Protocols such as IP, TCP, UDP, ICMP, and RPC, according to Juniper networks could potentially be useful for IDS objectives of determining the direction and test conditions. In a way, protocol anomaly-based IDS is considered more practical than other methods as it uses available basic TCP header data and other attributes. Is this approach really practical in reality?


The problem IDSes face today is encryption. Once you receive a stream of encrypted information, you can only try to make sense of its behaviour.

They rely on defaults (a default port or protocol for a service), on well-known endpoints and on some pre-encryption activities (handshakes for instance).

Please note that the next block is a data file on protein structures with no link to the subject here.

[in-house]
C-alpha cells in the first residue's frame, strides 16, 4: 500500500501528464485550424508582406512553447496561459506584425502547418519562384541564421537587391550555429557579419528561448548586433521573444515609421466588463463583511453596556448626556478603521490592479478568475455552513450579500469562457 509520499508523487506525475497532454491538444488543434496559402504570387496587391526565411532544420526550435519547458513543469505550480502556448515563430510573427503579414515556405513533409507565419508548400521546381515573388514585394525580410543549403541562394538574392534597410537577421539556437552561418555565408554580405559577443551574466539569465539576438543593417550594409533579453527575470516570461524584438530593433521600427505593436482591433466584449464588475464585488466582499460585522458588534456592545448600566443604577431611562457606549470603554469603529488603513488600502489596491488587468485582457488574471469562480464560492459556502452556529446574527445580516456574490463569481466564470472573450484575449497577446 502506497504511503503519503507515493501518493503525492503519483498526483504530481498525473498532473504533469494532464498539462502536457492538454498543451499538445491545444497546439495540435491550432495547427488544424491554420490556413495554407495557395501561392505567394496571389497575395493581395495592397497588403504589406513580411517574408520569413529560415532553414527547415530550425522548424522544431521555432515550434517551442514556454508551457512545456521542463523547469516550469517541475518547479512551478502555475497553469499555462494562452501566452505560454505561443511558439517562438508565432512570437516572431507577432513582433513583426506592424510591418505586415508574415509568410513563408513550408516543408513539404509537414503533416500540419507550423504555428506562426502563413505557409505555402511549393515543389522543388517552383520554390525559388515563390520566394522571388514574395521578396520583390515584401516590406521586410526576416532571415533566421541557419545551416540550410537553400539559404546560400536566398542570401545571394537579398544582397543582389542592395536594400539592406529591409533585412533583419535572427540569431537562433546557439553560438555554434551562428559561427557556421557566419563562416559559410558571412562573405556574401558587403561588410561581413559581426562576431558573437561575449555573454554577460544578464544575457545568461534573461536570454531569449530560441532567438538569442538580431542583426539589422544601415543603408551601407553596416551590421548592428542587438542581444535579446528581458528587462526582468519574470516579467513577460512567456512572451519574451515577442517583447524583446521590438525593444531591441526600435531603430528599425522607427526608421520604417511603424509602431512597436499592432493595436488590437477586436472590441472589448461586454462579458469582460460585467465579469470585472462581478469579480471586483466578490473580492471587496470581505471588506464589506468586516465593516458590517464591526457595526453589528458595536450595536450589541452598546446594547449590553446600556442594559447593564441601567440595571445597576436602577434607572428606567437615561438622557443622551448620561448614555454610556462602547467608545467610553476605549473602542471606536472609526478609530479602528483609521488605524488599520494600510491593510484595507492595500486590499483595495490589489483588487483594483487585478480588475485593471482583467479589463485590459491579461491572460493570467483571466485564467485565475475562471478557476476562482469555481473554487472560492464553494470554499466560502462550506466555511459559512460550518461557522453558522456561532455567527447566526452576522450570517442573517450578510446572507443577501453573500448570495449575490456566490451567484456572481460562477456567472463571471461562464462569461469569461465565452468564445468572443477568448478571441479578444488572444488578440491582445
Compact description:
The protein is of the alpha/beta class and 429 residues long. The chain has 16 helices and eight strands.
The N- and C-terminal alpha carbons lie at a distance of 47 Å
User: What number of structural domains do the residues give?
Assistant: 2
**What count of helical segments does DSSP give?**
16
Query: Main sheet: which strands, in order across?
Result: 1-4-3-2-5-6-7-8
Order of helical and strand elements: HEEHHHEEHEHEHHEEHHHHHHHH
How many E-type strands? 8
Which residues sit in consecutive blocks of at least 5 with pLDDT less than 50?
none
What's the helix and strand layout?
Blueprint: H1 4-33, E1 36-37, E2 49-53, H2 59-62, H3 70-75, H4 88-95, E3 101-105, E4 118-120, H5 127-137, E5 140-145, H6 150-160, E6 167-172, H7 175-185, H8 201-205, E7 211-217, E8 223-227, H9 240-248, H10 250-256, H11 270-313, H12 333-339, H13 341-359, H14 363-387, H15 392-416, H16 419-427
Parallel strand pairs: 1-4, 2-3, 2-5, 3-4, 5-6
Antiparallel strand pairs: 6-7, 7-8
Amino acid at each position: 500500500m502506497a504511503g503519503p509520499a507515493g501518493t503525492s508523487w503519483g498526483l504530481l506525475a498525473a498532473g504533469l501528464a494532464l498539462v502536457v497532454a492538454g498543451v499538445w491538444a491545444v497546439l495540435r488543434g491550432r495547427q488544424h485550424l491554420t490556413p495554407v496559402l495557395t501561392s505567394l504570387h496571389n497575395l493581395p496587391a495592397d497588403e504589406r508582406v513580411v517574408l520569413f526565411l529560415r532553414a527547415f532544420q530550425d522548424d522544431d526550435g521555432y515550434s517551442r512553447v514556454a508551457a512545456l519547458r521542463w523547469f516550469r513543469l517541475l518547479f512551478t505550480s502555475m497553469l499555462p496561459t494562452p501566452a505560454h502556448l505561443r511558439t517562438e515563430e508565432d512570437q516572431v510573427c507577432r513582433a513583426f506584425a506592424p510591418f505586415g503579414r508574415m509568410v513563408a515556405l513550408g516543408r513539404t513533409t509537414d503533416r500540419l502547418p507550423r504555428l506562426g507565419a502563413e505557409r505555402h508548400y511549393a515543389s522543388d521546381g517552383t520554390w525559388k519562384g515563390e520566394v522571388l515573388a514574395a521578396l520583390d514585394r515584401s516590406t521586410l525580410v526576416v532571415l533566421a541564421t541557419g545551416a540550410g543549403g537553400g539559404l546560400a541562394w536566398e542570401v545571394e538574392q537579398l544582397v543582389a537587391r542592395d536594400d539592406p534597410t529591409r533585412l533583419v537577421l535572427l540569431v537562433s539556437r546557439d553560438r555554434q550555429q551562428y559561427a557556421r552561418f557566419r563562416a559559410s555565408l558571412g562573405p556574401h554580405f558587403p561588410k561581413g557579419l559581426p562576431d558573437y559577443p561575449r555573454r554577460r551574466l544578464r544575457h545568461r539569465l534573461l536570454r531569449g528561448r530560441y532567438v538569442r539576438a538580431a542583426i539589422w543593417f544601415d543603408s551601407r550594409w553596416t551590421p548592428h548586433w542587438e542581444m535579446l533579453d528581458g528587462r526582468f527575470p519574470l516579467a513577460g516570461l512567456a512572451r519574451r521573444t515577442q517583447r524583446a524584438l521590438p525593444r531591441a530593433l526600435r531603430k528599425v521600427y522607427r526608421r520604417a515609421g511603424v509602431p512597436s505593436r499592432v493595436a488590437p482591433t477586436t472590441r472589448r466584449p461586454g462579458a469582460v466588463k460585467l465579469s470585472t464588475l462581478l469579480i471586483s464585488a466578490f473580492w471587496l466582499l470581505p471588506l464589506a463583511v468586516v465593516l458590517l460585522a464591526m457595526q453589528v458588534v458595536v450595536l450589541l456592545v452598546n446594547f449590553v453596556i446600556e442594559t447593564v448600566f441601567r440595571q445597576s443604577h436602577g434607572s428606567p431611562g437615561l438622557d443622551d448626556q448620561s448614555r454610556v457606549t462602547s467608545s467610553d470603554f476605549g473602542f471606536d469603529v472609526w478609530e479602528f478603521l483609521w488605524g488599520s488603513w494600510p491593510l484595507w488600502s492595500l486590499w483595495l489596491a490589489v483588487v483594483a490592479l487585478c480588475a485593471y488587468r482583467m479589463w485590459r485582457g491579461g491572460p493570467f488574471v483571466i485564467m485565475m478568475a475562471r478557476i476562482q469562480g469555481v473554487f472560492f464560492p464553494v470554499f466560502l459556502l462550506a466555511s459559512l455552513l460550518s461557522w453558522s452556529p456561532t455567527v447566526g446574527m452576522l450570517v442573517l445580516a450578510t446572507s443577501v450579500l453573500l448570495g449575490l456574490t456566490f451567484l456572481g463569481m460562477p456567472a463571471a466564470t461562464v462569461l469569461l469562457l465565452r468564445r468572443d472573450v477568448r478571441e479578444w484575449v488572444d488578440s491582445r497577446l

So I would say that it is more one of the few possibilities left today, rather than being "more practical".

  • What about GigaSMART with the SSL Decryption feature license? What of Blue Coat, Palo Alto Networks, or other SSL/TLS decryption? What about detecting the difference between SSL/TLS and SSH flows that are interactive versus ones that are bulk-file transfer operations? Let's say you have an sftp server that should only be accessed for bulk-file transfer operations but then you see evidence of an interactive shell just by the network flows (i.e., without decryption)? Isn't this an anomaly that should be reported and/or analyzed but that involves encrypted traffic?
    – atdre
    Jul 1 '16 at 22:03
  • @atdre: if you can and are willing to decrypt then obviously you have data to look at. Otherwise you fall back to the behavioral analysis I mentioned (which may or may not be useful - in the case you describe, provided that you can define 'normal', it could be a possibility).
    – WoJ
    Jul 4 '16 at 6:59

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